Two years ago, in recognition of April as Youth Sports Safety Month, MomsTeam asked 30 experts to write a blog answering two questions: first, how or why did they get into their field, and second, how have they made a difference in the life of a youth athlete in the past year.
Today, we reprise the blog submitted by William P. Meehan, III, M.D., Director of the Micheli Center for Sports Injury Prevention, Sports Concussion Clinic, and Research for the Brain Injury Center at Boston Children's Hospital.
Why did I get into my field?
I owe my career choice to a single patient.
About six years ago, I was a fellow in pediatric emergency medicine. A young, competitive figure skater came into the emergency department suffering from post-concussion symptoms after an injury she sustained in a motor vehicle accident. Although she was weeks out from injury she was having difficulty finding a physician to manage her concussion and help her return to skating safely. She had seen many doctors in her area, but none was confident managing concussions; none had an expertise in brain injuries; and none was willing to take her on as a patient.
Instinctively, I called the Department of Neurology to arrange an appointment for her. I was informed, however, that they did not manage traumatic injuries, such as concussion. Next, I called the Department of Neurosurgery and was reminded that concussion is not an operative condition. So, I called the Division of Sports Medicine, and was informed that they take care of concussions quite frequently. However, they take care of sport-related concussions. As this patient's injury was sustained in a motor vehicle accident, the Division of Sports medicine was not an appropriate place for her to be managed.
As there was no acute injury or concern, I discharged her home from the emergency department. In an attempt to assist her and her family, I began reading about concussion. I would call her family periodically with things I had learned, offering advice, recommending treatments they might try. The more I read, the more I became fascinated by concussion.
Concussion, a form of traumatic brain injury, has been known to physicians since the time of Hippocrates (460 - 377 B.C.). Few physicians or scientists, however, considered it a significant enough injury to warrant investigation until the new millennium. Thus, relatively little was known about this common sports injury.
After seeing this patient in the emergency department, I started reading voraciously about concussion. Within several months, I had read five books and well over 500 articles about concussive brain injury. One of my colleagues. who noted me constantly reading, asked, "What are you reading about?" When I told him, he recommended I give a lecture to the division of emergency medicine about concussion. This lecture generated significant enthusiasm and, shortly thereafter, I was asked to write an article about sport-related concussions for a popular pediatrics journal.
And that was how is started.
Since then, I have completed a fellowship in sports medicine, co-founded the Sports Concussion Clinic at Children's Hospital Boston, completed several clinical trials and conducted multiple basic science experiments, all in an attempt to improve the way in which clinicians manage patients with concussions.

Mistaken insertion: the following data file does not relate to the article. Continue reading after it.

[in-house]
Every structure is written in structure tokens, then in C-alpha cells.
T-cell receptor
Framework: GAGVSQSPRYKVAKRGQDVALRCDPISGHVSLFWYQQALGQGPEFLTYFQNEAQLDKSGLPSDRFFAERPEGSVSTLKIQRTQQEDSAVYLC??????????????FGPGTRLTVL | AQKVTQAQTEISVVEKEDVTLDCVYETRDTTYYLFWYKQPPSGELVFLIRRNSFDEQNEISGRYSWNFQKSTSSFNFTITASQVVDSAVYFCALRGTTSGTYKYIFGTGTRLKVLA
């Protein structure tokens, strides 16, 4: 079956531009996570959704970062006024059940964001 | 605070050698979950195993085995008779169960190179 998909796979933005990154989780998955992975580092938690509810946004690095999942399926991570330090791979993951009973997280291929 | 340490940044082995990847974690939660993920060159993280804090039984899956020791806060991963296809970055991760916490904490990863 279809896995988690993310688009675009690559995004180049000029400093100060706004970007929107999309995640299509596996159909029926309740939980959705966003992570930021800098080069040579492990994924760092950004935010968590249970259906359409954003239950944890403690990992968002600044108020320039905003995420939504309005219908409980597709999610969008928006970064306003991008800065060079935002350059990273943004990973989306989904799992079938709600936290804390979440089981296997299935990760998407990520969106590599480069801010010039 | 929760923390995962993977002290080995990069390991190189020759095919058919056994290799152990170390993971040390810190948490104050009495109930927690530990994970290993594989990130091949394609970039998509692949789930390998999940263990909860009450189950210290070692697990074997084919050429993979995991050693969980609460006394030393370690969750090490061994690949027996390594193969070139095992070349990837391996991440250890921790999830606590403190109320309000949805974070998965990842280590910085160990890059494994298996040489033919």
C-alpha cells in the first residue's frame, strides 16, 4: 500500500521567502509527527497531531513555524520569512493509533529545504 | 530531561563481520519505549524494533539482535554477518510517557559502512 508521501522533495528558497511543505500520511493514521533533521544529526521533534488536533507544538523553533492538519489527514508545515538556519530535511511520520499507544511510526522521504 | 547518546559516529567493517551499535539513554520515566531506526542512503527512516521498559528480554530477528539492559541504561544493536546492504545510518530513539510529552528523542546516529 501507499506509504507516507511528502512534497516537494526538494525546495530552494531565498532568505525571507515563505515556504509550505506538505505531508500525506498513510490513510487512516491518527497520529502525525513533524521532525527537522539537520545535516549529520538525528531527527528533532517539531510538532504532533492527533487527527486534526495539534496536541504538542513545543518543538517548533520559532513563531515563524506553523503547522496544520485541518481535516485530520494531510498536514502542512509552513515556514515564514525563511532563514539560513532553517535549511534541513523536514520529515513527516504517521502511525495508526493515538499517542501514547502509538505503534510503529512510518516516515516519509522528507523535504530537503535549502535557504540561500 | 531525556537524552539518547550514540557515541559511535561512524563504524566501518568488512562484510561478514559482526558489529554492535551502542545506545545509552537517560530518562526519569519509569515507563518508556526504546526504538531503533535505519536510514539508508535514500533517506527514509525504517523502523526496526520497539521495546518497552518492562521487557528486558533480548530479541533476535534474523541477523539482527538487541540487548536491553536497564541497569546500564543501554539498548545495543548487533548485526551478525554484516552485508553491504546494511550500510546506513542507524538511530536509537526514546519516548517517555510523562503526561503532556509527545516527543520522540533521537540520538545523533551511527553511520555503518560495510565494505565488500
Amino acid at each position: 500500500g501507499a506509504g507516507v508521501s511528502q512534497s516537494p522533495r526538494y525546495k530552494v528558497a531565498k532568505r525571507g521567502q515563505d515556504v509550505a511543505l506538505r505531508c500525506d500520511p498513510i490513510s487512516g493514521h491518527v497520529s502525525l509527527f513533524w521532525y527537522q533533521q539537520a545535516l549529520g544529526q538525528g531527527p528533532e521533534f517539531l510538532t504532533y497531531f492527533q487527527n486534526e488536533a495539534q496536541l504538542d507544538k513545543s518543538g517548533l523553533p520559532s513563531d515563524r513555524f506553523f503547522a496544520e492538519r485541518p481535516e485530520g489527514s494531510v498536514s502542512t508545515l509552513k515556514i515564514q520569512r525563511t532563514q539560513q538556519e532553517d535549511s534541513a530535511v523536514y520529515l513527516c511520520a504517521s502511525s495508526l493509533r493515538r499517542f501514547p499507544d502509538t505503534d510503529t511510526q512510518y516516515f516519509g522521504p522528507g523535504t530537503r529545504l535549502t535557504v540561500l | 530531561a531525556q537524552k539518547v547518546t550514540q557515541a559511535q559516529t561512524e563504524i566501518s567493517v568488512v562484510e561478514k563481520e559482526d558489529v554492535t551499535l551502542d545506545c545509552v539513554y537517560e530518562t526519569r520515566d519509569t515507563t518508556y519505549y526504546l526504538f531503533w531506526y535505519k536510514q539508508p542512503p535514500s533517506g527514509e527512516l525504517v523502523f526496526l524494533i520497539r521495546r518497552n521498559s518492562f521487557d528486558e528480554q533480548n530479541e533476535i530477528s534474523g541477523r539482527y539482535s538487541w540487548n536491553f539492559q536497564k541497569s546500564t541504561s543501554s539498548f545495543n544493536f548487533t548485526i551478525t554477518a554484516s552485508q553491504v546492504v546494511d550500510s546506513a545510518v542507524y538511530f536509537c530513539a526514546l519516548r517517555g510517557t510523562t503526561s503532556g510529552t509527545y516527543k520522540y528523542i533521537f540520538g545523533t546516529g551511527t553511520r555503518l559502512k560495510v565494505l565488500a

I remain grateful to that young, competitive figure skater for coming into the emergency department on a night when I was working.
How have I made a difference in a young athlete's life in the past year?
Over the past year I had the privilege of caring for a young male rugby player from England. He sustained a sport-related concussion and was having difficulty recovering. Although he had seen several clinicians in England, he was having difficulty getting basic information regarding the injury; he was not confident that his concussion was being assessed or managed properly. Ultimatel,y after some reading about concussive brain injuries in sports, he and his family members felt that he was not being treated appropriately. After hearing about our clinic, they scheduled an appointment and flew from England to Boston.
Fortunately, the management of his injury was straightforward. We initially placed him on both physical and cognitive rest. We were able to diagnose and correct other associated medical problems which were impeding his recovery. We treated some of his more problematic symptoms with medication. After several weeks, his symptoms resolved completely. We guided him through a graded return-to-play regimen, and he's remained athletic, energetic, and vigorous ever since. He is prepared to presume rugby with the start of the fall season.
Dr. Meehan graduated from Harvard Medical School, where he is currently an Assistant Professor of Pediatrics, and is board certified in pediatrics, pediatric emergency medicine, and sports medicine. Dr. Meehan conducts both clinical and scientific research in the area of sports injuries and concussive brain injury which has been funded by the National Institutes of Health, the National Football League, and the Center for the Integration of Medicine and Innovative Technology. In addition to multiple medical and scientific studies, Dr. Meehan is the author of the book Kids, Sports, and Concussion: A Guide for Coaches and Parents.
For articles by and videos featuring Dr. Meehan, click here.
For comprehensive concussion information, visit MomsTeam's concussion center by clicking here.